Bristol 0, Cardiff Blues 17: Courageous Cardiff defy elements to progress

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The Independent Online

So they do have a heart to go with all that fancy frippery, some soul as well as swank. Cardiff Blues, also-rans in the Heineken Cup since their last appearance at the quarter-final stage in 2001, faced down Bristol in truly filthy West Country conditions yesterday – conditions that were so far up the home side's street, it seemed scarcely possible that the visitors would survive in one piece, let alone prevail – and in so doing, they earned themselves a knock-out tie in Toulouse. If it was not the greatest reward in the history of rugby, it was a whole lot better than recrossing the Severn with nothing.

It might even be said that the Blues sold themselves short. A third converted try would have edged them ahead of the great French club in the pecking order, thereby ensuring the tie would be played in the Welsh capital, and as the contest moved into stoppage time, the opportunity arrived. Bristol were penalised deep in their 22 and had Nick MacLeod completed the simplest of penalty punts to touch, there would have been an attacking line-out five metres from the line and, in all probability, a touch-down. MacLeod did not complete it, however. Instead, he overcooked his kick so badly, the ball went dead. It was waste on a criminal scale.

Still, they did enough to render irrelevant the efforts of another French club, Stade Français, whose predictably decisive bonus-point victory at Harlequins fell on stony ground thanks to this persuasive performance. The Blues carried far more of an attacking threat, not only out wide through the likes of Ben Blair and Jamie Roberts, but also in the back row, where Xavier Rush and the exceptional Martyn Williams arrived with footballing skills way beyond anything the Bristol loose forwards were likely to offer. This was not really about attacking threats, though. It was about attitude and cohesion and old-fashioned guts.

"For them to come here, where sides often crumble under pressure, and play like that was extremely impressive," admitted Richard Hill, the Bristol director of rugby. "They performed at Heineken Cup standard. We were extremely physical, hitting and hitting from the kick-off, and most teams wilt under that kind of intensity. The Blues didn't, and all credit to them. In a sense it was easier for them, because they needed a victory pure and simple while we had to win with four tries. That being said, they played with great composure."

Hill was bang on the money in his choice of vocabulary. Bristol's physicality was indeed extreme, with a capital "E". In the opening quarter, the gung-ho centre Rob Higgitt, who executes his big-tackling game with a relish bordering on the sado-masochistic, was knocking over opponents like so many skittles. Then, the back-rowers took over. Alfie To'oala, the square and solid Samoan, left poor Jamie Robinson in a shallow grave after lining up the Blues wing from the far side of halfway; Andrew Blowers, a former All Black who also boasts Polynesian heritage, did something similar to Roberts a short while later.

As the Bristol scrummagers were squeezing Cardiff's pips for good measure, there was a distinct whiff of "long day at the office" about proceedings. Yet after a scratchy opening in which Luke Arscott, a useful addition to Hill's back-line options, was denied a try because Anthony Elliott's round-the-corner scoring pass was ruled forward, the Blues forwards went to work with considerable vigour. Taufa'ao Filise, 19st 7lb on the hoof as dear old Bill McLaren would have said, drew the sting from Alex Clarke at the set-piece, Deiniol Jones put himself about to great effect at the line-out, and Paul Tito played the time-honoured "pain in the arse" role to perfection.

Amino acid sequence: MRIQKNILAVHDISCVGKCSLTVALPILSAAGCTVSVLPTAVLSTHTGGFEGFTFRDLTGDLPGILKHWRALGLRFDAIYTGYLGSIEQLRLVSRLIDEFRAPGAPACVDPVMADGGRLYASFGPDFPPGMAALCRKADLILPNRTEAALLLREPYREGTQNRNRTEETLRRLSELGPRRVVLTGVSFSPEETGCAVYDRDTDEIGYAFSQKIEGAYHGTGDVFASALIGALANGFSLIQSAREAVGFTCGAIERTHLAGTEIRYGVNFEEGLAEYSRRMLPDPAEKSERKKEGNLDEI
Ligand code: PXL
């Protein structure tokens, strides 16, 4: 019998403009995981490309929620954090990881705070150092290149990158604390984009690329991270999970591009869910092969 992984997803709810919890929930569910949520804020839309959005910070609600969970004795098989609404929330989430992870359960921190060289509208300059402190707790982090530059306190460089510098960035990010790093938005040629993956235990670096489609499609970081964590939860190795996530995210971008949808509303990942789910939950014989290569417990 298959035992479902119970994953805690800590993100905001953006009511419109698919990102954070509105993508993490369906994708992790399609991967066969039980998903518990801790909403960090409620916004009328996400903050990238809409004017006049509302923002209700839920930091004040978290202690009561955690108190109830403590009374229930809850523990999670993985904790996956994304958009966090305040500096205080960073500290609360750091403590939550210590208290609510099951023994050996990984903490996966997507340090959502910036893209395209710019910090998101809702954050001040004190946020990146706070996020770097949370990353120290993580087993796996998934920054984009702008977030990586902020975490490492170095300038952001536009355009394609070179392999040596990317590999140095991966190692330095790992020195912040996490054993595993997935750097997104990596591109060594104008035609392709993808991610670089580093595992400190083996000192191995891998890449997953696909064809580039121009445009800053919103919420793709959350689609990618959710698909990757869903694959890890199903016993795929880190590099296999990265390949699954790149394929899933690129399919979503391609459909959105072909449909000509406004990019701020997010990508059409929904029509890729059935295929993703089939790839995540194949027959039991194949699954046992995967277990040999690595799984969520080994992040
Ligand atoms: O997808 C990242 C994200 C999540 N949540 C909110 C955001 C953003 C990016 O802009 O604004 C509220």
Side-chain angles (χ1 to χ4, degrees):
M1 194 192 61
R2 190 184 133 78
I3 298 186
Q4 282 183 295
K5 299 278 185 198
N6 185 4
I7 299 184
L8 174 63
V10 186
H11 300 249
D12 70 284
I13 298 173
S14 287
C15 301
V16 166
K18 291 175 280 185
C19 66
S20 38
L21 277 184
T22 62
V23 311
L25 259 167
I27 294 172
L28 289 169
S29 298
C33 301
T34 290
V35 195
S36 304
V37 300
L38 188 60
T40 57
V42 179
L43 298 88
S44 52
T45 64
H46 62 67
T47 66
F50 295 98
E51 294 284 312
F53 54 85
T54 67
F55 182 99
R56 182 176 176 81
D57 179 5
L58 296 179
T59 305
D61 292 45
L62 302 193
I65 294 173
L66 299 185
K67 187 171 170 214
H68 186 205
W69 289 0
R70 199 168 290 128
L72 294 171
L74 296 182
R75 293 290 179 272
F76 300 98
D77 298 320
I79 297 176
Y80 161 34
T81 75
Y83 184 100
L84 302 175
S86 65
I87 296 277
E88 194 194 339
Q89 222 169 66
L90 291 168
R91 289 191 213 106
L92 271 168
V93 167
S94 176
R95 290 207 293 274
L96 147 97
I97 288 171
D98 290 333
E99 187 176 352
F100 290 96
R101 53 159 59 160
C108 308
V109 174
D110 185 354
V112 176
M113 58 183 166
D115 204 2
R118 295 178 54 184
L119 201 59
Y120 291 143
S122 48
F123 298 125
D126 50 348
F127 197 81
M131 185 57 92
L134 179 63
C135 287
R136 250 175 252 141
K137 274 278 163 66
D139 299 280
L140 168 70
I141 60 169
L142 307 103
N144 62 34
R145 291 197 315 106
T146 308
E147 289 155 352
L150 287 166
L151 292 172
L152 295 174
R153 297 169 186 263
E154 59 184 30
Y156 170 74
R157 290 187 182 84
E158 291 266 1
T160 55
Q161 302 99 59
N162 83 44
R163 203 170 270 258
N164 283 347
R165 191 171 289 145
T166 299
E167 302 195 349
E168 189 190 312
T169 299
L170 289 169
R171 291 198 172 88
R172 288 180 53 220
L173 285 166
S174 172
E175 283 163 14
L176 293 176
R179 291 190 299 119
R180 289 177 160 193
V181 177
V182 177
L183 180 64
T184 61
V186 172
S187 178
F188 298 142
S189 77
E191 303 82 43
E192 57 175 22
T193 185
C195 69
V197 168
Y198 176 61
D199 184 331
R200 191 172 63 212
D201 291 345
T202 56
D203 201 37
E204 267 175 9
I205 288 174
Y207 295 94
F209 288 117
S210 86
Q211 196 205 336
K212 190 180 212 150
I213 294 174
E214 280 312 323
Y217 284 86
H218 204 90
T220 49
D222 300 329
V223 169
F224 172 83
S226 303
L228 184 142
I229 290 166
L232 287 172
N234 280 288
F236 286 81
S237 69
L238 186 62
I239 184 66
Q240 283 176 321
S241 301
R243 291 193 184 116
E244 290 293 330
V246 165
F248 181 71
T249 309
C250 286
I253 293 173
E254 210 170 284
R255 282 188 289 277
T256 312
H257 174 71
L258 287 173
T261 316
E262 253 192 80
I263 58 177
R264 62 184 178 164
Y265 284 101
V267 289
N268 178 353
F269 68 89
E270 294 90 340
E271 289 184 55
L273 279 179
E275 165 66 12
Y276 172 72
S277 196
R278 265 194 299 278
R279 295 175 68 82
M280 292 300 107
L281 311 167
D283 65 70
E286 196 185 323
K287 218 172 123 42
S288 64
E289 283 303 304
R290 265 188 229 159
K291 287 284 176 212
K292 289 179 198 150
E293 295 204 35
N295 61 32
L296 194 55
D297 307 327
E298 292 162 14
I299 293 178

And once Bristol found there was nowhere to go up front, the entire game became a no-go area for them. Roberts crossed for the Blues, only to be pulled back for a forward pass from Tom Shanklin; Williams also touched down, before being denied by the television match official, who decreed he had made contact with the corner flag in the act of scoring. If there was not so much as a point on the board as the clock ticked down to the interval, there were signs that the drought would end sooner rather than later.

Sure enough, the Blues put the game beyond Bristol in the space of five minutes at the fag-end of the half. First, the brick-hard flanker Ma'ama Molitika scored from close range after Bristol lost control of their own scrum ball. Then, Gareth Thomas crossed in the left corner following a clever line-out routine based around Williams's precise delivery from the air. Ben Blair converted twice from wide angles, and the visitors were 14 points to the good – a winning lead if ever there was one, given the conditions.

It was now a question of arithmetic. Could the Blues draw level with Toulouse on the try-count by scoring a third, and then wipe out the French club's points advantage? When Blair succeeded with a penalty shot on 53 minutes, it seemed likely they would do the necessary. But Bristol refused to raise the white flag – "They're a proud team, as well as a tough one," said David Young, the Blues' head coach – and with MacLeod failing his late examination of nerve, the chance slipped away.

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